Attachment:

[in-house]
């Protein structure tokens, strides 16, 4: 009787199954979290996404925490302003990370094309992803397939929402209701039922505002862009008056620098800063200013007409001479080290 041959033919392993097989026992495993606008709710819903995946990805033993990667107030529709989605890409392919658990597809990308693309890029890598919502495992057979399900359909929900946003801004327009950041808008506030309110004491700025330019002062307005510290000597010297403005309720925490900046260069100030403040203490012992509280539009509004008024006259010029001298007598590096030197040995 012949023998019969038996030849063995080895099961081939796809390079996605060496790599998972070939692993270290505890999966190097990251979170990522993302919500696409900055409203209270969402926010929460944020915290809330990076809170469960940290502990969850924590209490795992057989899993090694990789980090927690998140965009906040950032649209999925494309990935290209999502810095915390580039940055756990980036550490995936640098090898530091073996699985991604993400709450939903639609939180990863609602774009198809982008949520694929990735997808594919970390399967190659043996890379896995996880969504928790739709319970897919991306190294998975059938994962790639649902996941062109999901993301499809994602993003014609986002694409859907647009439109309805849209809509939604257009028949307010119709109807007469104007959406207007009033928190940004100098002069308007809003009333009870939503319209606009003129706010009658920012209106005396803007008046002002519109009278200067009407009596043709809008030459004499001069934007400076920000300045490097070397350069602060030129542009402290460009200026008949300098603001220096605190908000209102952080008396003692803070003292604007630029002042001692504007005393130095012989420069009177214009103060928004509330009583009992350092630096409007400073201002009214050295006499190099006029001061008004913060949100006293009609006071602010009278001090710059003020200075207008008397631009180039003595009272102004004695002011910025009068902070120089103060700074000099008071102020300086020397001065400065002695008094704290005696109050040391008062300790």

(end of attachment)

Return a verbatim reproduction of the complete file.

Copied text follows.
[in-house]
């Protein structure tokens, strides 16, 4: 009787199954979290996404925490302003990370094309992803397939929402209701039922505002862009008056620098800063200013007409001479080290 041959033919392993097989026992495993606008709710819903995946990805033993990667107030529709989605890409392919658990597809990308693309890029890598919502495992057979399900359909929900946003801004327009950041808008506030309110004491700025330019002062307005510290000597010297403005309720925490900046260069100030403040203490012992509280539009509004008024006259010029001298007598590096030197040995 012949023998019969038996030849063995080895099961081939796809390079996605060496790599998972070939692993270290505890999966190097990251979170990522993302919500696409900055409203209270969402926010929460944020915290809330990076809170469960940290502990969850924590209490795992057989899993090694990789980090927690998140965009906040950032649209999925494309990935290209999502810095915390580039940055756990980036550490995936640098090898530091073996699985991604993400709450939903639609939180990863609602774009198809982008949520694929990735997808594919970390399967190659043996890379896995996880969504928790739709319970897919991306190294998975059938994962790639649902996941062109999901993301499809994602993003014609986002694409859907647009439109309805849209809509939604257009028949307010119709109807007469104007959406207007009033928190940004100098002069308007809003009333009870939503319209606009003129706010009658920012209106005396803007008046002002519109009278200067009407009596043709809008030459004499001069934007400076920000300045490097070397350069602060030129542009402290460009200026008949300098603001220096605190908000209102952080008396003692803070003292604007630029002042001692504007005393130095012989420069009177214009103060928004509330009583009992350092630096409007400073201002009214050295006499190099006029001061008004913060949100006293009609006071602010009278001090710059003020200075207008008397631009180039003595009272102004004695002011910025009068902070120089103060700074000099008071102020300086020397001065400065002695008094704290005696109050040391008062300790």